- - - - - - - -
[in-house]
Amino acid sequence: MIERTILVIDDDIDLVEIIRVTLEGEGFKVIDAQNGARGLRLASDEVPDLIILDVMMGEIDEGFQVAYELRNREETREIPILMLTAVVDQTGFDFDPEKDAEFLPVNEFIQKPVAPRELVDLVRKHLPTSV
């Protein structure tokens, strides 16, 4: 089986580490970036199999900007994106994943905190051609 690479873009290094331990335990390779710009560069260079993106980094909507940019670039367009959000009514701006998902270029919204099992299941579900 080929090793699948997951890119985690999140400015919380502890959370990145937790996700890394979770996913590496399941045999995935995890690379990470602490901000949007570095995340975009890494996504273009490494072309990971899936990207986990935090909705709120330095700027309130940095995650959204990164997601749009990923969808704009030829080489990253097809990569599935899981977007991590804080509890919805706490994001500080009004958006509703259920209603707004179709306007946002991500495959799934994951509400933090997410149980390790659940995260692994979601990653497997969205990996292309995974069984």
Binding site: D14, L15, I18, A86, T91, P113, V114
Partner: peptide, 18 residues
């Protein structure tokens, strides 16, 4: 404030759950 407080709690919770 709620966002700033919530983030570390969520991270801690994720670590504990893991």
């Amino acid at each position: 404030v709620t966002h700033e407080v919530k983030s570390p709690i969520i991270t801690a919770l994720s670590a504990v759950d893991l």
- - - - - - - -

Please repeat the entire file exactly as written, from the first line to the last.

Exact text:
[in-house]
Amino acid sequence: MIERTILVIDDDIDLVEIIRVTLEGEGFKVIDAQNGARGLRLASDEVPDLIILDVMMGEIDEGFQVAYELRNREETREIPILMLTAVVDQTGFDFDPEKDAEFLPVNEFIQKPVAPRELVDLVRKHLPTSV
């Protein structure tokens, strides 16, 4: 089986580490970036199999900007994106994943905190051609 690479873009290094331990335990390779710009560069260079993106980094909507940019670039367009959000009514701006998902270029919204099992299941579900 080929090793699948997951890119985690999140400015919380502890959370990145937790996700890394979770996913590496399941045999995935995890690379990470602490901000949007570095995340975009890494996504273009490494072309990971899936990207986990935090909705709120330095700027309130940095995650959204990164997601749009990923969808704009030829080489990253097809990569599935899981977007991590804080509890919805706490994001500080009004958006509703259920209603707004179709306007946002991500495959799934994951509400933090997410149980390790659940995260692994979601990653497997969205990996292309995974069984």
Binding site: D14, L15, I18, A86, T91, P113, V114
Partner: peptide, 18 residues
């Protein structure tokens, strides 16, 4: 404030759950 407080709690919770 709620966002700033919530983030570390969520991270801690994720670590504990893991």
């Amino acid at each position: 404030v709620t966002h700033e407080v919530k983030s570390p709690i969520i991270t801690a919770l994720s670590a504990v759950d893991l």